Vancouver is home to at least 20 eagle nests; this year researchers have confirmed 16 eaglets. (Photo: HARRY KOLENBRANDER)
When you are hiking a wilderness trail on Vancouver Island or in the Interior, you are probably alert to the possibility of encountering a bear, maybe even a cougar. It’s also a situation that can’t be dismissed on the North Shore or in some of Metro Vancouver’s eastern municipalities that are increasingly intruding on the animals’ habitat.
But in East Vancouver? Your radar would likely never even be switched on.
However, early morning encounters with black bears in East Van are exactly what happened last year to a city road crew and a woman walking her dog. Provincial conservation officers tranquillized a bear in the 2100 block of Franklin Street, about three blocks west of Nanaimo Street, after a car struck it near the PNE. A few months later, police helped contain a mother and cub for tranquillizing near Hastings and Cassiar streets. Years previous, when the Canucks still played in the Pacific Coliseum, concession workers preparing hot dogs for that night’s game discovered a hungry cougar roaming the mezzanine and sniffing the air. Earlier this year, an overwintering red-tailed hawk wreaked havoc on the pigeon population near Templeton Secondary School. Eagles are currently nesting on port lands and adjacent to the PNE. And just after the start of summer this year, residents of East Van’s Cedar Cottage neighbourhood found an adult deer trapped in a fenced-in construction site.
These are all densely populated areas. Their inhabitants are used to regular visits by squirrels, skunks, and raccoons that raid garbage, gardens, bird feeders, and pet food left outside. Many residents of Vancouver are accustomed to these species as well, not to mention the roaming coyotes that own the streets late at night and are sometimes bold enough to hunt by day in residential neighbourhoods.
Why such an abundance of species in East Vancouver, though? People who make day trips or weekend camping jaunts to some of our nearby wilderness provincial parks would probably consider themselves lucky to view even a few of these opportunistic urban critters.
Robyn Worcester is the conservation-programs manager with the Stanley Park Ecology Society, an organization affiliated with the Vancouver park board, which supplies it with office and exhibition space in a building on the edge of Lost Lagoon. Among other things, the nonprofit group offers environmental-education opportunities for the public—on subjects such as how to coexist with coyotes—and conducts nature tours in Stanley Park. Worcester says that other than the relatively rare East Side encounters with bears, deer, and cougars, wildlife sightings are more a result of adaptability and simple observation and are probably fairly evenly scattered throughout the city.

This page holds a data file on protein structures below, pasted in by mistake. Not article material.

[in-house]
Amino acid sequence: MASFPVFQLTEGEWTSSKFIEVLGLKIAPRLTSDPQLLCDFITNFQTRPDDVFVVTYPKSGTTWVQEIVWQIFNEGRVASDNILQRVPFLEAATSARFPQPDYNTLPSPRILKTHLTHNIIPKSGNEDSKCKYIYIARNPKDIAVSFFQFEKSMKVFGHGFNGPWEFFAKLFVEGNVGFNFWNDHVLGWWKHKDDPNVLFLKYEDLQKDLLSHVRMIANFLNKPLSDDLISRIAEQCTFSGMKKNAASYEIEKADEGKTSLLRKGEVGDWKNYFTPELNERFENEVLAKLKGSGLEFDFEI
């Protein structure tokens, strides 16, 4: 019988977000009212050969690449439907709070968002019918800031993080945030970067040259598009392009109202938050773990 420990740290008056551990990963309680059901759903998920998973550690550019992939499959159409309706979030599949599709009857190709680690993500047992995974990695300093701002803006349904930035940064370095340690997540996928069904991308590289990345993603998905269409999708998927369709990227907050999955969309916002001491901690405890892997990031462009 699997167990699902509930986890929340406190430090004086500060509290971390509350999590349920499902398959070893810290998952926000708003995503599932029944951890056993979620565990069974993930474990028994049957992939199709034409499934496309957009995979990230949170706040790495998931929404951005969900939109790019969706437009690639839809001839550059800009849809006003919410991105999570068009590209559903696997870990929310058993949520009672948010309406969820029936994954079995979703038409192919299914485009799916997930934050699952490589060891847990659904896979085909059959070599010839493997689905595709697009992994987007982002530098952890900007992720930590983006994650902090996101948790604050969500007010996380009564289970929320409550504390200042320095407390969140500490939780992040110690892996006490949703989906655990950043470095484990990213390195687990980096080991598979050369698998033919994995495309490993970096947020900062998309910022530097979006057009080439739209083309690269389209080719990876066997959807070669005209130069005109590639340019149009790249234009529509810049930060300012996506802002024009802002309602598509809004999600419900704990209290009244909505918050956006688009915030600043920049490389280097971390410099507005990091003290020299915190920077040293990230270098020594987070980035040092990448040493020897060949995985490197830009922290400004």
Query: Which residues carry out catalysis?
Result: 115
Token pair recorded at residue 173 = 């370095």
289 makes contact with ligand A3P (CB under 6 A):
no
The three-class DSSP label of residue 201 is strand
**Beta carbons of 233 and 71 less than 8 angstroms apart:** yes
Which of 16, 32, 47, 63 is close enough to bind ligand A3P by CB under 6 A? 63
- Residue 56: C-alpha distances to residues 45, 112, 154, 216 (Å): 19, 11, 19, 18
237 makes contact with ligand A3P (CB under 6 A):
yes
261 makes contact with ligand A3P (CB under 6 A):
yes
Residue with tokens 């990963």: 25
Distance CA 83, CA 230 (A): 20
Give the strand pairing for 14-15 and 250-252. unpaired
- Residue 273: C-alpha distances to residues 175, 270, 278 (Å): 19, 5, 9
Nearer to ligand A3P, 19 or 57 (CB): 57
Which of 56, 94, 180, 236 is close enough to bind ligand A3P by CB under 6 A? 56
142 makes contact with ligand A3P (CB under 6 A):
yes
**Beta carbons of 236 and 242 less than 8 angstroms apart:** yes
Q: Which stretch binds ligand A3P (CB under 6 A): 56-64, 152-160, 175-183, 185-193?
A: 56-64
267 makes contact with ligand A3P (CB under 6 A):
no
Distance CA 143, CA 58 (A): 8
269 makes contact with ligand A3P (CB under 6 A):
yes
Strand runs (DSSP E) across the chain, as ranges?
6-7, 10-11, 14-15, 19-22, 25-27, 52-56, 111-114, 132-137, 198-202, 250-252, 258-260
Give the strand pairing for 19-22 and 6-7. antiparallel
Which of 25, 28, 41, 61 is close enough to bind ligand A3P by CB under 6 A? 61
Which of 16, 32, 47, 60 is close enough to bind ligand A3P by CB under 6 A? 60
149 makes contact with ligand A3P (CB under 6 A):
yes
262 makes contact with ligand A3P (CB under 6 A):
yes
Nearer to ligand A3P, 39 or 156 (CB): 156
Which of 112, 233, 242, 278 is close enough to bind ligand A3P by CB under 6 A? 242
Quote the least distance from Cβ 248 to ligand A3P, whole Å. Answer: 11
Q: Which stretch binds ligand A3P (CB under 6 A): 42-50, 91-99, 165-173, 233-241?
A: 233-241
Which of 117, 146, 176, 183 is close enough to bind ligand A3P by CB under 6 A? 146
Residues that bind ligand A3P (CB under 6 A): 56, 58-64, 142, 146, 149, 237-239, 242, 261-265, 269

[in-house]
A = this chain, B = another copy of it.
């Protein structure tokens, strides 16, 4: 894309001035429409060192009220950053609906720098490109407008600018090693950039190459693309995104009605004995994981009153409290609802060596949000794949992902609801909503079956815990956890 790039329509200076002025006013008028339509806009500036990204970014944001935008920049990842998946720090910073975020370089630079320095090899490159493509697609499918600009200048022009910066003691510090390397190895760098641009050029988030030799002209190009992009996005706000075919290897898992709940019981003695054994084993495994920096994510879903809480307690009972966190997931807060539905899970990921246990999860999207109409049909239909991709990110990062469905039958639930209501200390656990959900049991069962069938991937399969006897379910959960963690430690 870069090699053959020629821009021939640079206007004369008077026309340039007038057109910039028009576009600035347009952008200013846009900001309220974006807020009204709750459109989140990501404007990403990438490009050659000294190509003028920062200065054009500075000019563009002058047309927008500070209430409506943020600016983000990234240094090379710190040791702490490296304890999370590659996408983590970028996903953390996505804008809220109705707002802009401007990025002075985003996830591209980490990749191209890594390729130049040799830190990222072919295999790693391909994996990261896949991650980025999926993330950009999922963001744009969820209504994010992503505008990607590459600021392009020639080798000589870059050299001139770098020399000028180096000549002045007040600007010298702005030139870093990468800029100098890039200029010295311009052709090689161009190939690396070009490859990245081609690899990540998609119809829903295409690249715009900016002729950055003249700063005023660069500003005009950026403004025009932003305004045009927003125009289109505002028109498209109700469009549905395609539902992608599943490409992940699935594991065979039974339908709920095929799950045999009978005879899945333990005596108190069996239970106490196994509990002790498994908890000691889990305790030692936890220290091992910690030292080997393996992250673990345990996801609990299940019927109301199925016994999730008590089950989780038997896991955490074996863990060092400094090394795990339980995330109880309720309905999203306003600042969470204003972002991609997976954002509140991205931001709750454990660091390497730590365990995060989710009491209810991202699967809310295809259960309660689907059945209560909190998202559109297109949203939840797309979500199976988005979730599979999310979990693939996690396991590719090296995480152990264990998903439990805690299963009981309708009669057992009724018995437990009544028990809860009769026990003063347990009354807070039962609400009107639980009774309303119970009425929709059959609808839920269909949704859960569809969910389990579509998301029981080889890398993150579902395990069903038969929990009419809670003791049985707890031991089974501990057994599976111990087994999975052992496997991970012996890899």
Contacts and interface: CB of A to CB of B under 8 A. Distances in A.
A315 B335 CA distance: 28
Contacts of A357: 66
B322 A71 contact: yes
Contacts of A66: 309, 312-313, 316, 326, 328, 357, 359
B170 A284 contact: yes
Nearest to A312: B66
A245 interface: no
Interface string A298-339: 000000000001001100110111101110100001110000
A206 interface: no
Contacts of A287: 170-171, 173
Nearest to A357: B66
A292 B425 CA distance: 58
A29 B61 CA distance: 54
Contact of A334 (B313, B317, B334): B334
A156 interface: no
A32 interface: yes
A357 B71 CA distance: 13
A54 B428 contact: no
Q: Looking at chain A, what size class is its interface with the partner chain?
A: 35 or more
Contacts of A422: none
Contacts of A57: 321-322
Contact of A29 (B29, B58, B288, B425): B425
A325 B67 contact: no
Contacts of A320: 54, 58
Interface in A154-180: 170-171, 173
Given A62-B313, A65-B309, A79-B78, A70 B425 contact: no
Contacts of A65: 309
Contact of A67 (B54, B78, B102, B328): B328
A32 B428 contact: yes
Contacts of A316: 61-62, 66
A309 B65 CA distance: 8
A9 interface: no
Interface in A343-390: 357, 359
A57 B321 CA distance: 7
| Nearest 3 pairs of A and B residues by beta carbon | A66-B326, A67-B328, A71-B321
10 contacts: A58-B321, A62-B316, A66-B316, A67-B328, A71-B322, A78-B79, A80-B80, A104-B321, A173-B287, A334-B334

“Essentially, the city draws in these adaptable species with food sources,” Worcester, a biologist in training, told the Georgia Straight in a phone interview. “We are creating an environment with food sources for species that are food for other species.”
“I notice it [the large numbers] too. Urban wildlife is fascinating to me. The more species I learn, and the more I learn where to find them, the more I see. I work in an environment where I talk to people from all over the world”¦and they’re blown away by the abundance of wildlife in such close proximity to people.” She noted that our city is uniquely situated to be accessed by various creatures. “Between the Fraser Delta and Vancouver Island and the mountains, we’ve got a lot of places that animals can move around.”
A biologist and director of the ecology society, John Gray is also the assistant manager of animal services for the City of Vancouver. He, too, thinks the brushes with bears were a bit of a blip. “Bears are a huge anomaly in Vancouver,” he said from his office in the Animal Control Services building bordering Strathcona Park. “We can go five or six years without them coming in. We get the odd cougar, too. We’ve had a couple over the years.” He noted that the Cedar Cottage deer managed to jump the fence but, like the Franklin Street bear, was hit by a car and bounded away. “That’s the last anyone saw of it.” He theorized, only half seriously, that it may have ended up as “someone’s dinner”.
As far as some of the other species go, Gray said, he agrees with Worcester. “There has really been a growth in wildlife coming into Vancouver, a resurgence. It’s amazing what you can find in your community if you open your eyes.”
Mike Mackintosh was manager of wildlife services for West Side parks, including Queen Elizabeth Park and Stanley Park, for 37 years until his retirement this past April. He said there has been an increase in urban wildlife in recent years, and one species has really caught his attention. “It’s true—many of these species have habituated to human activity. Bald eagles are a classic example. They’ve learned that they have nothing to fear from people. Birds of prey are incredibly adaptable and resourceful. It’s quite exciting that they’re there.”